The best shopping can be found along Newbury Street, which is crowded with shoppers most of the time. When it comes to dining and drinking, Boylston Street is where it is at. This bustling street really comes alive after dark, when its bars and restaurants really kick into action. Commercial properties line one side of Boylston, and landmarks like Copley Square and the Prudential Tower run along the other.
The neighborhood also continues to be ground zero for some of the most incredible examples of modern architecture in the country. However, green space is prevalent too. The broad median of Commonwealth Avenue serves as a sprawling public park. Mature shade trees line most of the streets in the neighborhood, lending it a park-like feel. Back Bay Fens, part of the city's incredible Emerald Necklace, is located here too. Then there's the Boston Public Garden and its beautiful grounds, sculptures and swan boats. Wherever you go in Back Bay, you are never too far from green, open spaces where you can enjoy quality outdoor time.
Buying or Renting in Back Bay
Not surprisingly, Back Bay's real estate market is fast paced and extremely competitive. That's true pretty much always, but it's especially true these days, as the city undergoes a major seller's market. Like elsewhere in Boston, prices for homes and condos continue to rise dramatically in Back Bay. The instant a property is listed, people line up to make offers. Bidding wars are par for the course. Needless to say, it's crucial to have help when trying to find real estate in this vibrant neighborhood.
If you are interested in buying or renting a place in the Back Bay, Boston City Properties can help. The best place to start is our searchable database of constantly updated real estate listings. Gain access right away by signing up using a simple form. Use the search feature to narrow your search based on your requirements. In no time, you will have a list of promising options to explore.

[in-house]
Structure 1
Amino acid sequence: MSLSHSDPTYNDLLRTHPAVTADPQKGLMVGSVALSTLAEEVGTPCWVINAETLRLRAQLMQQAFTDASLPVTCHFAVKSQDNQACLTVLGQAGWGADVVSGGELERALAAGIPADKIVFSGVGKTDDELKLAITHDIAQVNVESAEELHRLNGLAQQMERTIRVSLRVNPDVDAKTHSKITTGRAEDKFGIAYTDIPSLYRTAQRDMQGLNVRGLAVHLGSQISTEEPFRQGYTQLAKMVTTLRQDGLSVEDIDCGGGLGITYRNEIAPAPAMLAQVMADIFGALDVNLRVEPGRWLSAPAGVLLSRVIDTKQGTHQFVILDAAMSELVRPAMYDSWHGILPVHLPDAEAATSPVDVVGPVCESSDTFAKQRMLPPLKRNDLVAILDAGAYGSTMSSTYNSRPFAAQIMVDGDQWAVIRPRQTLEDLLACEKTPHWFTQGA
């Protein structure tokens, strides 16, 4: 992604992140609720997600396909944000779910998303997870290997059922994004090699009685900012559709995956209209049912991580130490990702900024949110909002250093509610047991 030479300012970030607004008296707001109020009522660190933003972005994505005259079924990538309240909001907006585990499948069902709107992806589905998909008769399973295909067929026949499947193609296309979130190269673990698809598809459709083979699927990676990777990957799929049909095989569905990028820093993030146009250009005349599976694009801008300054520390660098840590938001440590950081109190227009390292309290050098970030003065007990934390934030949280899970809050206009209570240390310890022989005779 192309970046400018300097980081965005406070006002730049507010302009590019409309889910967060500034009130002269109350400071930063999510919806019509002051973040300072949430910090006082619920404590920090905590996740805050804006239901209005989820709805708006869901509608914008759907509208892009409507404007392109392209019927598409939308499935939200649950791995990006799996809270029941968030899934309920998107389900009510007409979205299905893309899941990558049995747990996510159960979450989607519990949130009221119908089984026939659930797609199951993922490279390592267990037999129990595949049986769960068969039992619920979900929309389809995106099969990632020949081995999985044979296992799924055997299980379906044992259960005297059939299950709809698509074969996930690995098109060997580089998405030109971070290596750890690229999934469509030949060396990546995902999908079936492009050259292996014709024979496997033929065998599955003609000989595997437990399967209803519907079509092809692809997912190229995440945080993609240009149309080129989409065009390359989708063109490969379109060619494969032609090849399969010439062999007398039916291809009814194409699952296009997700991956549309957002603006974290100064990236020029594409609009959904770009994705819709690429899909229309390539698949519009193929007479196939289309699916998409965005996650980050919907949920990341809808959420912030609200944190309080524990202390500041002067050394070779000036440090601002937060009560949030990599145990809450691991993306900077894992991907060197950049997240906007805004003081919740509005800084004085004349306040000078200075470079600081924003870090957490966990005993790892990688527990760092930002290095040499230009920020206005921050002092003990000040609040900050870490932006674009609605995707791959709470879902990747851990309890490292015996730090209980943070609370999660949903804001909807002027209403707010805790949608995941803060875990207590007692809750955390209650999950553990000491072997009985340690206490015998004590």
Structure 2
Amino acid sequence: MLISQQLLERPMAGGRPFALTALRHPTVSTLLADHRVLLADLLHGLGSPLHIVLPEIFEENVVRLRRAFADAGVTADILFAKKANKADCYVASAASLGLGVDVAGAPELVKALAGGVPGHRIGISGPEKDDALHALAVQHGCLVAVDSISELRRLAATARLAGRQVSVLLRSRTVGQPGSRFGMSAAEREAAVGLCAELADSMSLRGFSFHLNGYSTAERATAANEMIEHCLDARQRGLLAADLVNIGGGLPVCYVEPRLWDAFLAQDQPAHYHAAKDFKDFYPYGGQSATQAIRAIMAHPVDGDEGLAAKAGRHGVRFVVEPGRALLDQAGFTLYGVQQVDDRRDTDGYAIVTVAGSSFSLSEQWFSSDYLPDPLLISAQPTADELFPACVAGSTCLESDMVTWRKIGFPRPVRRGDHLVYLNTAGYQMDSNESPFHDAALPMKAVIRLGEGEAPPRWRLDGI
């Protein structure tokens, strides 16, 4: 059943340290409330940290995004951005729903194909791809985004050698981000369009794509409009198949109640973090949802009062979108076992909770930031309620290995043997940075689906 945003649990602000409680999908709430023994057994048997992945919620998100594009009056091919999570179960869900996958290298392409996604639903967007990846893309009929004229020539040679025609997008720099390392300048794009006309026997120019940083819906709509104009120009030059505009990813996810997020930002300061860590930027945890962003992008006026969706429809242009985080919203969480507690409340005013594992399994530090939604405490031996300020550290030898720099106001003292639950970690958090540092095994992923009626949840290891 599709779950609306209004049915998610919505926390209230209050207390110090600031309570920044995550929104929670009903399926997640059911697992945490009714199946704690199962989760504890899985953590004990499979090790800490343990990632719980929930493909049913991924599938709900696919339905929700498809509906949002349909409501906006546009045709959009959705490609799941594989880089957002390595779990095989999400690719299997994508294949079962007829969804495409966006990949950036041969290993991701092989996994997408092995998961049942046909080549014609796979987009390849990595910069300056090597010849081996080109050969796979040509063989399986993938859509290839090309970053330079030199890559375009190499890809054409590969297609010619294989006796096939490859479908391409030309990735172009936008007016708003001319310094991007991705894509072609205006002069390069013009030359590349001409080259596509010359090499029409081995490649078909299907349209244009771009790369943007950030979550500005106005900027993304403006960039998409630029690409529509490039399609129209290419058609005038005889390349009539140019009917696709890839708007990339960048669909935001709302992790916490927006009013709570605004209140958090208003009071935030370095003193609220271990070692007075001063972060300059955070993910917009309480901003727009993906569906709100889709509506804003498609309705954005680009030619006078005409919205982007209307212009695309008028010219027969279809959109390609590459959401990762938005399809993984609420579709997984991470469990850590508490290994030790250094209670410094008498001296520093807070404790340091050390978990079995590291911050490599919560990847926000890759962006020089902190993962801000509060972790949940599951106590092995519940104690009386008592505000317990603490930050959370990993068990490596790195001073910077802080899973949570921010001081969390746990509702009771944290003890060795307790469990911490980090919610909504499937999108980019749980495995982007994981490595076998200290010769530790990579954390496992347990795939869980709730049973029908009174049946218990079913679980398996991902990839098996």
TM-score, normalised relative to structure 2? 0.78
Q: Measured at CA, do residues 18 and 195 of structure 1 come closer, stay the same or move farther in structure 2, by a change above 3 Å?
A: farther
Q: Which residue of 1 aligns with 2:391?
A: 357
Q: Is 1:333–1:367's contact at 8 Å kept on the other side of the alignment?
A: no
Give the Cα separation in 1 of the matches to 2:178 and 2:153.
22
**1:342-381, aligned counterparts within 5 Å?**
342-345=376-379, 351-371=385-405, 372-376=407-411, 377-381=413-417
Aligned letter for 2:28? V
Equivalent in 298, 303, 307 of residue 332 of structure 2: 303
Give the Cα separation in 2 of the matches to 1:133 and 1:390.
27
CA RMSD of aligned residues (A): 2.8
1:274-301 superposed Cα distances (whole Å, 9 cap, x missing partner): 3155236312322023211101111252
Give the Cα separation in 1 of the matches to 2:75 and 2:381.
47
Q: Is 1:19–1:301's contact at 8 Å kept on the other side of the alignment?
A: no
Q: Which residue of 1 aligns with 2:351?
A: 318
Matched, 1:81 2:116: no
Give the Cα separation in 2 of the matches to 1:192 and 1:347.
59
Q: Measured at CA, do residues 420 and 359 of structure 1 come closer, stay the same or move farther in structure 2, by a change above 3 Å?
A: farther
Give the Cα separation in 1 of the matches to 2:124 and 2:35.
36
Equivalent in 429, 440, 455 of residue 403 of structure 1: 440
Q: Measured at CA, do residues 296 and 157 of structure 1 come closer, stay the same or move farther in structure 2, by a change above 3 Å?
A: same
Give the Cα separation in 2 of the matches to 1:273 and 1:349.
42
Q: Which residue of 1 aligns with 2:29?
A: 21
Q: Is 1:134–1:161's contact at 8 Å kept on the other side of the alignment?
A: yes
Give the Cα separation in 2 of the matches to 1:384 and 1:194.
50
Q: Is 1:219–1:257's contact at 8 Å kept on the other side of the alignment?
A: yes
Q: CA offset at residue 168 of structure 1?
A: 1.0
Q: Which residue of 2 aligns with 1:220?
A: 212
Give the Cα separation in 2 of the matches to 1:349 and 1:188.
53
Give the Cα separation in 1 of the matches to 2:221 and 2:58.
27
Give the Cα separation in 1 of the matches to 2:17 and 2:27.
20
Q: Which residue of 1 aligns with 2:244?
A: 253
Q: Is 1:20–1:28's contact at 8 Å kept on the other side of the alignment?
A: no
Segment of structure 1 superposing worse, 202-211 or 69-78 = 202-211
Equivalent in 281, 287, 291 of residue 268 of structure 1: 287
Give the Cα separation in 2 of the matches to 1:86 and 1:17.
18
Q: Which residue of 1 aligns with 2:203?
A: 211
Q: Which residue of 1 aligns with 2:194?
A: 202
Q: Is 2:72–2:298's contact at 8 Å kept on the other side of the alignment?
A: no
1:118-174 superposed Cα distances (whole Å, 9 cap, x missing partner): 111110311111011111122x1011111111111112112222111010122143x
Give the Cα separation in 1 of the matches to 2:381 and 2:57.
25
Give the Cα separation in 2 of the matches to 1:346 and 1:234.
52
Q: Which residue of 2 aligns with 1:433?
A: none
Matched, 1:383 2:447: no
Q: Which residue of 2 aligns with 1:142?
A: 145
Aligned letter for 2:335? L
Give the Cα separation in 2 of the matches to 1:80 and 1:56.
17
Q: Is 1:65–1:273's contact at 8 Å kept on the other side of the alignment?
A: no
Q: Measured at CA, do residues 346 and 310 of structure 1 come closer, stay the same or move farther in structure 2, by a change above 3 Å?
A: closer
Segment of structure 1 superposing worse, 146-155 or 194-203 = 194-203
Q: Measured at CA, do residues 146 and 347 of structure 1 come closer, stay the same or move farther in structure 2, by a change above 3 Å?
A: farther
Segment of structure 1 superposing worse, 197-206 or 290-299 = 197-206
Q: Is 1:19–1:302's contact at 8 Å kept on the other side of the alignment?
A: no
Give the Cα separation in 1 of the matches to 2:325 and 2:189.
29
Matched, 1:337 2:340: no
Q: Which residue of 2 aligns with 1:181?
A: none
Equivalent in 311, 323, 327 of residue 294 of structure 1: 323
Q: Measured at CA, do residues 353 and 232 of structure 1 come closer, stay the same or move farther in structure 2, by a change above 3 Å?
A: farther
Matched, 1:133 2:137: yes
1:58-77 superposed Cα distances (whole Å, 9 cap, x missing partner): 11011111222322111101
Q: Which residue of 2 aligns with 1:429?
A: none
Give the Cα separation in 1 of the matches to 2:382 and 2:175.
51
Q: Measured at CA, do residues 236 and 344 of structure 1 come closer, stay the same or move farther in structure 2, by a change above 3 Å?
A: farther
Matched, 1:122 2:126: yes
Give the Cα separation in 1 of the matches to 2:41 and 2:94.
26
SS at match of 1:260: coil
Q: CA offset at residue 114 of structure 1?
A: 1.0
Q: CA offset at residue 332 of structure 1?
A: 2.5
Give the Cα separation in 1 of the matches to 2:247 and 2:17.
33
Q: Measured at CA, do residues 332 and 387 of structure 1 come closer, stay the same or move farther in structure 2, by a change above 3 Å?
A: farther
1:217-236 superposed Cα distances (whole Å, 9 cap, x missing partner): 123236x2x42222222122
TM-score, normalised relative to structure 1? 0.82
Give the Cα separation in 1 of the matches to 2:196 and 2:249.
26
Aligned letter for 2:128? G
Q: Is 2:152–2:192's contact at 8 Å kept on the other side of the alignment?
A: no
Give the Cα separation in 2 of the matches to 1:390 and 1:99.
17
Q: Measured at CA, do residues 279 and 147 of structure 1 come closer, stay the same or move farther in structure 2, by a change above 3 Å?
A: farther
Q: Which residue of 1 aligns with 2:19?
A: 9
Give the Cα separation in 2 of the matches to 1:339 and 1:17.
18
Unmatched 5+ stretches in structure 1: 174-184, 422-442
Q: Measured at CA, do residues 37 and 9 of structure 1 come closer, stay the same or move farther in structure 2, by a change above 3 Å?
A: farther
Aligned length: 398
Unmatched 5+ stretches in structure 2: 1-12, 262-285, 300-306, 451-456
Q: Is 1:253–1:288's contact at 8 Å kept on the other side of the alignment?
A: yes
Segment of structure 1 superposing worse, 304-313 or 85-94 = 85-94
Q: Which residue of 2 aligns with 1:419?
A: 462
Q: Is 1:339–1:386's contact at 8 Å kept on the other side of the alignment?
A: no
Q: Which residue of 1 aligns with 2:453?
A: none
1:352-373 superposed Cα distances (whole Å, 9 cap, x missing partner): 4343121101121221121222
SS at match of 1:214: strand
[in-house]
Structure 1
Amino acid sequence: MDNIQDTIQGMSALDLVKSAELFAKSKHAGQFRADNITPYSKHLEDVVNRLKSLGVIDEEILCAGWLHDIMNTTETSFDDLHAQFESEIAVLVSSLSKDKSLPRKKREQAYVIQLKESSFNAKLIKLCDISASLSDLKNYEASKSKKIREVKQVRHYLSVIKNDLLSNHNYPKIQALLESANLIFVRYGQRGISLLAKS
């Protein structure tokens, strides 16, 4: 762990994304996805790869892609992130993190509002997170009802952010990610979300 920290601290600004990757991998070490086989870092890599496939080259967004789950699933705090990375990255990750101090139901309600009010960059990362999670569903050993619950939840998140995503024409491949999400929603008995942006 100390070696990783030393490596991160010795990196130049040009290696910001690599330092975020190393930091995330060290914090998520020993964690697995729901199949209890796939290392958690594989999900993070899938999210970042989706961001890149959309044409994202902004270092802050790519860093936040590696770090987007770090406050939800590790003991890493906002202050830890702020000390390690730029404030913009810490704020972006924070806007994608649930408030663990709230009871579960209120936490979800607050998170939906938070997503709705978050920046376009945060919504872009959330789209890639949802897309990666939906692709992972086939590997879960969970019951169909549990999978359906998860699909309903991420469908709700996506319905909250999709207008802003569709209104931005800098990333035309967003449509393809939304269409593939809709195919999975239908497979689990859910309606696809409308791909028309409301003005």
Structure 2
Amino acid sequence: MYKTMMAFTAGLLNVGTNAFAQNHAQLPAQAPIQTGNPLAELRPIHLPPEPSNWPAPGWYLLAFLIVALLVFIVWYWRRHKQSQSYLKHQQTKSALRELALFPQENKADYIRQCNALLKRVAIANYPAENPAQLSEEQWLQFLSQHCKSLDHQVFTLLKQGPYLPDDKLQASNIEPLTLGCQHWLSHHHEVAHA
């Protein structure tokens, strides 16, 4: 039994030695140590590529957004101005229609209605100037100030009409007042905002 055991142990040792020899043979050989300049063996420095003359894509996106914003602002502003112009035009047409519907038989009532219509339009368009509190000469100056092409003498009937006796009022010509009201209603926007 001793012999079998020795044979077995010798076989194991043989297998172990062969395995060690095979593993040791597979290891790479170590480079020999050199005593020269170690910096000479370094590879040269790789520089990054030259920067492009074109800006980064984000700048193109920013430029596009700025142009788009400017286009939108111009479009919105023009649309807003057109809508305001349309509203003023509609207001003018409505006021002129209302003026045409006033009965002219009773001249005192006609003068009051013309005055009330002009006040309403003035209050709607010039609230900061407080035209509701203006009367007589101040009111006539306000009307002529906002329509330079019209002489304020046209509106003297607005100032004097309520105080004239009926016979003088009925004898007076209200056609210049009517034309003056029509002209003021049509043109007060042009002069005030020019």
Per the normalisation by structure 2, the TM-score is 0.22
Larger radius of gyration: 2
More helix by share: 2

Later, when you're ready to check out properties in person, we'll connect you with an experienced Back Bay real estate agent who can assist you. They will work with you on negotiating a great deal and provide priceless guidance every step of the way. Until then, sign up to search our listings to see what is available. At any given moment, there are several great properties up for grabs in Back Bay. The trick is jumping on them quickly, as they don't last long. For more information, contact Boston City Properties today.
Weiner Ventures Scales Back Mass Pike Project
Controversy Surrounds Back Bay Station Shadows
Raising Roofs in Boston
Comparing the Cost of Living in Boston's Neighborhoods
One Dalton Construction Brings Change to Boston
It Costs How Much to Park in Back Bay?
History of the Vendome Condo Building in Boston's Back Bay
History of Newbury Street Real Estate
History of Real Estate in the Copley Square Area
History of Commonwealth Avenue Real Estate
Overview of the 2017 Back Bay Condo Market
2017 Back Bay Luxury Apartment Market
Benefits of Buying Investment Condos in Boston's Back Bay
Benefits of Purchasing a Single Family Home in Boston's Back Bay
Real Estate Market in the Back Bay Station Area